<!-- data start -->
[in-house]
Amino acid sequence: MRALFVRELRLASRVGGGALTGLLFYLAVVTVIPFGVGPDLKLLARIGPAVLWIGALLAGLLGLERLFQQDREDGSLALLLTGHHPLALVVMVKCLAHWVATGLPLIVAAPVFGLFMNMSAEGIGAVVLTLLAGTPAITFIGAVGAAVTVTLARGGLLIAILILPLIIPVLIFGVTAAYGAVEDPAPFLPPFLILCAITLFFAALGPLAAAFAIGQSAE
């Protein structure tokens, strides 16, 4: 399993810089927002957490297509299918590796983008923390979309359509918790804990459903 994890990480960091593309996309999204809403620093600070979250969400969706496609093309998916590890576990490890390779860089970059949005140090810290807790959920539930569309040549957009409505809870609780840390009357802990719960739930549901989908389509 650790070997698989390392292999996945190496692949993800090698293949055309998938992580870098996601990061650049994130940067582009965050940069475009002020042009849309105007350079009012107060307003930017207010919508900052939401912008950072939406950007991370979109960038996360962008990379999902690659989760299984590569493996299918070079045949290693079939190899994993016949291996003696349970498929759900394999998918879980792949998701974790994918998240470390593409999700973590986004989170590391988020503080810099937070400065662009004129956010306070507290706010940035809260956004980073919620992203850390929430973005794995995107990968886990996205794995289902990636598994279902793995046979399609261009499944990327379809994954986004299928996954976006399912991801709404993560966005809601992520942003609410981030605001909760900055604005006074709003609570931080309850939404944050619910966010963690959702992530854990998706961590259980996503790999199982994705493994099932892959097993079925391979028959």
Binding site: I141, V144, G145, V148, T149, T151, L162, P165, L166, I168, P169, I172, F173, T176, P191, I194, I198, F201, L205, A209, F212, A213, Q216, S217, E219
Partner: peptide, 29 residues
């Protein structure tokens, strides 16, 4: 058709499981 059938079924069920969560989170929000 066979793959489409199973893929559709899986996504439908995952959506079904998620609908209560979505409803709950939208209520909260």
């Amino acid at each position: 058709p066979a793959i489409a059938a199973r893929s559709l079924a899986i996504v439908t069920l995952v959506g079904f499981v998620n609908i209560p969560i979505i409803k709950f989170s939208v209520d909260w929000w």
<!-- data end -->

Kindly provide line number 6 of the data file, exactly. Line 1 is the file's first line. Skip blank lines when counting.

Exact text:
């Protein structure tokens, strides 16, 4: 058709499981 059938079924069920969560989170929000 066979793959489409199973893929559709899986996504439908995952959506079904998620609908209560979505409803709950939208209520909260």